SWITCH GENES

Switch genes are not coding genes, but are pseudogene DNA that have the ability to switch on and off genes that do replicate into protein.  The occurrence when switch genes turn off coding genes is called “gene silencing” [http://en.wikipedia.org/wiki/Gene_silencing].

One of the best and fascinating explanations you will ever find on how switch genes work is presented between the 45:00 minute and 55:00 minute segment in the PBS NOVA video, “What Darwin Never Knew” [http://www.pbs.org/wgbh/nova/evolution/darwin-never-knew.html].  In this video clip, researchers were studying how the fir of field mice match in color the surrounding terrain to camouflage itself from being readily seen by predators.

Scientists examined dark spots on a wing of a fruit fly.  Some species of fruit flies have these spots, others don’t.  Molecular biologists sifted through the DNA of these fruit fly and found the code that produced the spots, calling it the “paintbrush” gene.  All species of fruit fly had the paintbrush gene, but only one type of fly actually had the spots appearing its phenotype.

At the 50:35 minute mark of the video, the answer was found, which is a switch gene.  What happens next is amazing.  The researchers then took a gene that glows in the dark found in jellyfish, and injected into the genome of the fruit fly.  The experiment worked in that the wing spots in fruit flies illuminated (51:30 minute mark).  The explanation of switch genes then begins at the 52:00 mark in the video.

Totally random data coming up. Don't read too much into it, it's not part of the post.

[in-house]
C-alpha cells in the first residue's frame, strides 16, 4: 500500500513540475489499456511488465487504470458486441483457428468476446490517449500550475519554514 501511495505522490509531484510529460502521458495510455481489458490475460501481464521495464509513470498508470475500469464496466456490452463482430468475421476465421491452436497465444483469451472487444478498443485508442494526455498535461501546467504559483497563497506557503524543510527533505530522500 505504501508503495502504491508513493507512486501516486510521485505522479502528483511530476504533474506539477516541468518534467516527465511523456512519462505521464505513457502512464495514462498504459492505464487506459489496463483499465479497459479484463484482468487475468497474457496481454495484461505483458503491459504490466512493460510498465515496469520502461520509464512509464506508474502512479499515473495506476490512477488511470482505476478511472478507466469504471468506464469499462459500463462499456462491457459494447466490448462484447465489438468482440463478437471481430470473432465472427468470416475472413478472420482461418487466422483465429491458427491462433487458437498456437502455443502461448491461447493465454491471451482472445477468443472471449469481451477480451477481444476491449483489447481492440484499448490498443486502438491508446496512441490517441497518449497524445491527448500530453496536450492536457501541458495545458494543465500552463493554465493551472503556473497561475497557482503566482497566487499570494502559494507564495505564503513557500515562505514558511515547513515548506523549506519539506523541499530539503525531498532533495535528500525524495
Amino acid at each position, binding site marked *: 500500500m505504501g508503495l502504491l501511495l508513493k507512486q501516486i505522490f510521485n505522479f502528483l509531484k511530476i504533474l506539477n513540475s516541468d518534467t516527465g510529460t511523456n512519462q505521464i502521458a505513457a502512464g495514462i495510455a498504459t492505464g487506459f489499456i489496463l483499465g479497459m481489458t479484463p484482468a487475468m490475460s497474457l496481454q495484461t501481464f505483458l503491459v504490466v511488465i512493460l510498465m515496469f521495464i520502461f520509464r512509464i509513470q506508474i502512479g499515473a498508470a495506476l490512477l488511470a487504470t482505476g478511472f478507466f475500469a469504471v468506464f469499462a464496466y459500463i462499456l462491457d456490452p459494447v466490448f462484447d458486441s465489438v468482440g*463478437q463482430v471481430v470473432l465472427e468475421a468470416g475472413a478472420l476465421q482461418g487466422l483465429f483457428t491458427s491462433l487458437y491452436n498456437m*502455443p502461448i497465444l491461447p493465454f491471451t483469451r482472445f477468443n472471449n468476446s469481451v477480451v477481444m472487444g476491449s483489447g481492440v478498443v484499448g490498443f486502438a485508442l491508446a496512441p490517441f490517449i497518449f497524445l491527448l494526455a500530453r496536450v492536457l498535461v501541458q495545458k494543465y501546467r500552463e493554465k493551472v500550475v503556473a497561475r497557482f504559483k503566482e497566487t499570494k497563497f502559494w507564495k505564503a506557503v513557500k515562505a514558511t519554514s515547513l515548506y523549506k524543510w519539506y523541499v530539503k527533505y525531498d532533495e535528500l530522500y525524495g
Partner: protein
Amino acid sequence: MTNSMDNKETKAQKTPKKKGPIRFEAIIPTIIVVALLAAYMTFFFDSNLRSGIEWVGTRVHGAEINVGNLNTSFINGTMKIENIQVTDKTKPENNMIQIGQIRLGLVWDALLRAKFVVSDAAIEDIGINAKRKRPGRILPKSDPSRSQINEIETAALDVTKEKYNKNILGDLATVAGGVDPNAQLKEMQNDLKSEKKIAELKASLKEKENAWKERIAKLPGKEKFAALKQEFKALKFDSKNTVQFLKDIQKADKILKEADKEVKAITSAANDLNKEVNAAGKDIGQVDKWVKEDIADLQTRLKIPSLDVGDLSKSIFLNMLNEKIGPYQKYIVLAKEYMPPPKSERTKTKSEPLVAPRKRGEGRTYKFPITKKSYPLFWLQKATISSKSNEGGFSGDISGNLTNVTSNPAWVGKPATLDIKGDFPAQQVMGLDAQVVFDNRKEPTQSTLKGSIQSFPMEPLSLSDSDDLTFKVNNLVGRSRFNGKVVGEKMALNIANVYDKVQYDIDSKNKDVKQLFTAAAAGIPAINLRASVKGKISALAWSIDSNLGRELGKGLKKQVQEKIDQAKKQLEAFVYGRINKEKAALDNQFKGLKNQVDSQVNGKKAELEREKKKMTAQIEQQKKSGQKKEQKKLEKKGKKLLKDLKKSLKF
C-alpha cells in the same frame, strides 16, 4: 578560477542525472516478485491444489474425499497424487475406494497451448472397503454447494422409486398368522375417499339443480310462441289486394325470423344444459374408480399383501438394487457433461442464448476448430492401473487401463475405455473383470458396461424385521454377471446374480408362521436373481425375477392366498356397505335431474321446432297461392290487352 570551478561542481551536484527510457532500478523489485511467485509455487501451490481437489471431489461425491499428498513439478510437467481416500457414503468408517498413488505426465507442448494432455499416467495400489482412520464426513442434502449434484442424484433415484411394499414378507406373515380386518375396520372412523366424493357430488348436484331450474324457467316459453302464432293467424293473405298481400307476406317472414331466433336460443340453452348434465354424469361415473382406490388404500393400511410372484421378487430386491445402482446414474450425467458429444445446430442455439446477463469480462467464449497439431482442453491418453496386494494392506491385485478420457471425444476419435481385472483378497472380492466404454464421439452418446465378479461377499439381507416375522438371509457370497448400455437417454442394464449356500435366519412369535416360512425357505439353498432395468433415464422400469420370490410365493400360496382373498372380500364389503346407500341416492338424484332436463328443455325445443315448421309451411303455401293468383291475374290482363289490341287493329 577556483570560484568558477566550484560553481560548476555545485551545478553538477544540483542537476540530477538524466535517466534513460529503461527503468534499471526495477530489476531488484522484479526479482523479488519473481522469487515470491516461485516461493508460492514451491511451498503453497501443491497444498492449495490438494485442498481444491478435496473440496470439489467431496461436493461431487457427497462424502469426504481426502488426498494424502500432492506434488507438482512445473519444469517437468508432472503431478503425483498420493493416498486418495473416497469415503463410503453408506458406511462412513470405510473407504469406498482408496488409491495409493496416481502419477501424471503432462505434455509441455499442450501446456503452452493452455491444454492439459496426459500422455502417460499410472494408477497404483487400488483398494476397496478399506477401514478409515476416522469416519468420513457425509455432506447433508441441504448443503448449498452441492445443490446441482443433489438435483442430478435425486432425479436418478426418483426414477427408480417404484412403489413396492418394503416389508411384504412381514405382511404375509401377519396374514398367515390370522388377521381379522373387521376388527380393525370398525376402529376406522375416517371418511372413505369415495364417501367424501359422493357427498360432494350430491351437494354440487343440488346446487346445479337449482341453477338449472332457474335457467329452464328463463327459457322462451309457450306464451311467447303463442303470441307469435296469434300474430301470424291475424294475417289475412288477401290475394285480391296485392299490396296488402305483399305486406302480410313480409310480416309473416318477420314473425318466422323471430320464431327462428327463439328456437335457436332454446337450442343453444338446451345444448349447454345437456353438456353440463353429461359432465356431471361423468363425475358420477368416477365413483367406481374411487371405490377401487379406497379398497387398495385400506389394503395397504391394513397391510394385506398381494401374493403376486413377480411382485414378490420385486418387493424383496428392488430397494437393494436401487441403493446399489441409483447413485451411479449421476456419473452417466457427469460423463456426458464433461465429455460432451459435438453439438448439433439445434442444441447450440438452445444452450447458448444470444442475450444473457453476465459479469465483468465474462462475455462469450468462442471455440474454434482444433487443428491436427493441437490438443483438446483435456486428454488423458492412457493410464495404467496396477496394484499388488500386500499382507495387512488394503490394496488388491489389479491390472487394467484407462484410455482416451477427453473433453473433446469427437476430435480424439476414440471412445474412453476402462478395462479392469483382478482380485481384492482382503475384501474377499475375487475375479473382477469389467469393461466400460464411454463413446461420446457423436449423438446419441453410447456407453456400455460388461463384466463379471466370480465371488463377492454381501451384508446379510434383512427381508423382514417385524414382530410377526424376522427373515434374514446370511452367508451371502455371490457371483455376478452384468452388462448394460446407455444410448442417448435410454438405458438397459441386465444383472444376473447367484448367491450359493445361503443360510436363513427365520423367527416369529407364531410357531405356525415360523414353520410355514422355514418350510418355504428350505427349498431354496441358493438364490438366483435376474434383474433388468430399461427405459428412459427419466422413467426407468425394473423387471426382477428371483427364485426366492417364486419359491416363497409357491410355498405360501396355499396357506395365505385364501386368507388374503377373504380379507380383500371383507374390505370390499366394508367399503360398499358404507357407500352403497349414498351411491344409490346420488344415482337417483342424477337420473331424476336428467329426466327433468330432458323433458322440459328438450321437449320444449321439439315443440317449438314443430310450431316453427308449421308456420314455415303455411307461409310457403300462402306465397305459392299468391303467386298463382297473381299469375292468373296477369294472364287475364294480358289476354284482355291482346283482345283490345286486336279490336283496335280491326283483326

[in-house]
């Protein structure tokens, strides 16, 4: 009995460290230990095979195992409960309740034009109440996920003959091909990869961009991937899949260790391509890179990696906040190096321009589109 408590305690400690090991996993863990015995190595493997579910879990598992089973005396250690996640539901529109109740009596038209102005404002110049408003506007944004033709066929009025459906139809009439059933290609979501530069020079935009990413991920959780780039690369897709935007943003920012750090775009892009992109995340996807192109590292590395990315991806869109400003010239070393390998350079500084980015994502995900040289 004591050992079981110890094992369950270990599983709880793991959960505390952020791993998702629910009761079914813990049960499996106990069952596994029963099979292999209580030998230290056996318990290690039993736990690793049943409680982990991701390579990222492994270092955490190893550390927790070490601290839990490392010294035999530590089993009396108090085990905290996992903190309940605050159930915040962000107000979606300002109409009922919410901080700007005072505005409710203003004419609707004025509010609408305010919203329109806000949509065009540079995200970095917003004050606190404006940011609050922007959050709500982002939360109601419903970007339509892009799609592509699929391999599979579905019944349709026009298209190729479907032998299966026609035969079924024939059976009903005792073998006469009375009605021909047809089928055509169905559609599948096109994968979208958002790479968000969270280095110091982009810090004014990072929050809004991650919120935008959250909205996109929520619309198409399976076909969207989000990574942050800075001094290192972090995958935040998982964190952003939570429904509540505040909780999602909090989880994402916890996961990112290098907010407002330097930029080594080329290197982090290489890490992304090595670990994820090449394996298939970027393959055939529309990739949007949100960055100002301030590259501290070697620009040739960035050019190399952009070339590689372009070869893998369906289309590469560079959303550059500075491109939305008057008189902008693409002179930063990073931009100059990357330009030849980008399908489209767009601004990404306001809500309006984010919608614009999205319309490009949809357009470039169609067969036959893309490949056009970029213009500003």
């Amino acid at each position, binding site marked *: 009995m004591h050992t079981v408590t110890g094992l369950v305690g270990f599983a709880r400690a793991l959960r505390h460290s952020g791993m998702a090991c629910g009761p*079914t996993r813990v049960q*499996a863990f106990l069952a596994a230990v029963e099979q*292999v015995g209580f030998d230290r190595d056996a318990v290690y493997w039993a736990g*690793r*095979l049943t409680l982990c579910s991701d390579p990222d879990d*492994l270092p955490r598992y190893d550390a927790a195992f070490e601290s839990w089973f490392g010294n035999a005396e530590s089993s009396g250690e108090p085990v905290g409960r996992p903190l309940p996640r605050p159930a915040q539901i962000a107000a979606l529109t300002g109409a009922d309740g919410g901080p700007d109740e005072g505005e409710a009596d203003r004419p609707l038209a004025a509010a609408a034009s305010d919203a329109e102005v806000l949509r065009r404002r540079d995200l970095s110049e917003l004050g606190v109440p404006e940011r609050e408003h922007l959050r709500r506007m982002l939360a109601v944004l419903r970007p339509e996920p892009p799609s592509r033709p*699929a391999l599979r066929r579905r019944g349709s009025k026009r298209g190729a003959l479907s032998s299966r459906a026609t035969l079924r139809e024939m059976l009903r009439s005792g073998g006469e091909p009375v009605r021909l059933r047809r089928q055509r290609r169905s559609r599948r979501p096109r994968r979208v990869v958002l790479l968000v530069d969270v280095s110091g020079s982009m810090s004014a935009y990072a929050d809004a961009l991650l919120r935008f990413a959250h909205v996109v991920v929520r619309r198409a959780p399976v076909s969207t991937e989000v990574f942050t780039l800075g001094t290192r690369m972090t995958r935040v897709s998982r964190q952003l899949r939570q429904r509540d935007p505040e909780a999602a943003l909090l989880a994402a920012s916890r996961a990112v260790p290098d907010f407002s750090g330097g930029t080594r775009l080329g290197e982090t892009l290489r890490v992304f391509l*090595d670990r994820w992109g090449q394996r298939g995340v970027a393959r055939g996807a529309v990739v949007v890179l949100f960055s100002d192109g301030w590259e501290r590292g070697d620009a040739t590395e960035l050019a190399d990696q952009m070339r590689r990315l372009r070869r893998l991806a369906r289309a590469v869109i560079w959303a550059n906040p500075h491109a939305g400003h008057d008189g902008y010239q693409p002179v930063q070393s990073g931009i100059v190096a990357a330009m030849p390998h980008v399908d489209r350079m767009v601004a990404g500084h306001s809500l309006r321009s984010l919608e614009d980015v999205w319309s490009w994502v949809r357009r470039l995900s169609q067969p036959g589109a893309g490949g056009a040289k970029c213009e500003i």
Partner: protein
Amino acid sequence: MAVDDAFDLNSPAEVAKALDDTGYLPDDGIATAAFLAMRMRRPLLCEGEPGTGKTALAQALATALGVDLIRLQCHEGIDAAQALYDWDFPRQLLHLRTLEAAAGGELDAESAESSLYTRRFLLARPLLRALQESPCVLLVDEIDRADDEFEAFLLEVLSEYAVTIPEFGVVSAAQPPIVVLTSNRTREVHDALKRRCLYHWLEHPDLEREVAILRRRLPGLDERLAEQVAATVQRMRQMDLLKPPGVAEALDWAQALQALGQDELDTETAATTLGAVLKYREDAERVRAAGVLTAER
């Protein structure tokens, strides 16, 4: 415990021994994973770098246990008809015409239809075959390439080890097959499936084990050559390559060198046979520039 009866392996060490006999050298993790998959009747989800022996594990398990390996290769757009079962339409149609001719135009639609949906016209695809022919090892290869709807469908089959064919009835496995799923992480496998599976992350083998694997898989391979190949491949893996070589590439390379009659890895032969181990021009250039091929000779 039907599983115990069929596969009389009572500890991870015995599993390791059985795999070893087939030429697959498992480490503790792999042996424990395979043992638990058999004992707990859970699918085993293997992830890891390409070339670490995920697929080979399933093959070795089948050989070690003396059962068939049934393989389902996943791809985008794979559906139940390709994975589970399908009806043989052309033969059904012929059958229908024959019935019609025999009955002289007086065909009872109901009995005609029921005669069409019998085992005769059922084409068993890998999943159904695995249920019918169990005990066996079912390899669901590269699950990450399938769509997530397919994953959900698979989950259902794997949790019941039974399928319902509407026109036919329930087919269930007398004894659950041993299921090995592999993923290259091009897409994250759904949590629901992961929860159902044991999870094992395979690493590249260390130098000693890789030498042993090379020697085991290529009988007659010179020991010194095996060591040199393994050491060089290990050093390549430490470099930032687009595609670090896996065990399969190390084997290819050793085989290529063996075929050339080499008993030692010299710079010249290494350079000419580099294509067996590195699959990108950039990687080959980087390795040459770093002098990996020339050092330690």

Scientists have found many applications of how switch genes work, [http://www.sciencedaily.com/releases/2008/01/080124135504.htm].  In fact, it’s hopeful that understanding switch genes will allow us to find a cure for cancer, [http://www.sciencedaily.com/releases/2010/09/100924134953.htm].

A recent article in National Geographic discussed how biologists were puzzled that frogs were suddenly evolving teeth, [http://news.nationalgeographic.com/news/2011/02/110209-frogs-teeth-evolution-science/?source=link_fb20110212frogsevolveteeth].  Switch genes are a simple explanation for why frogs would evolve teeth.  The hypothesis is simply the teeth gene is present in all frogs just like the wing spot gene is present in all drosophila (fruit flies).  A simple switch gene in this instance switch on the frog’s ability to grow teeth.

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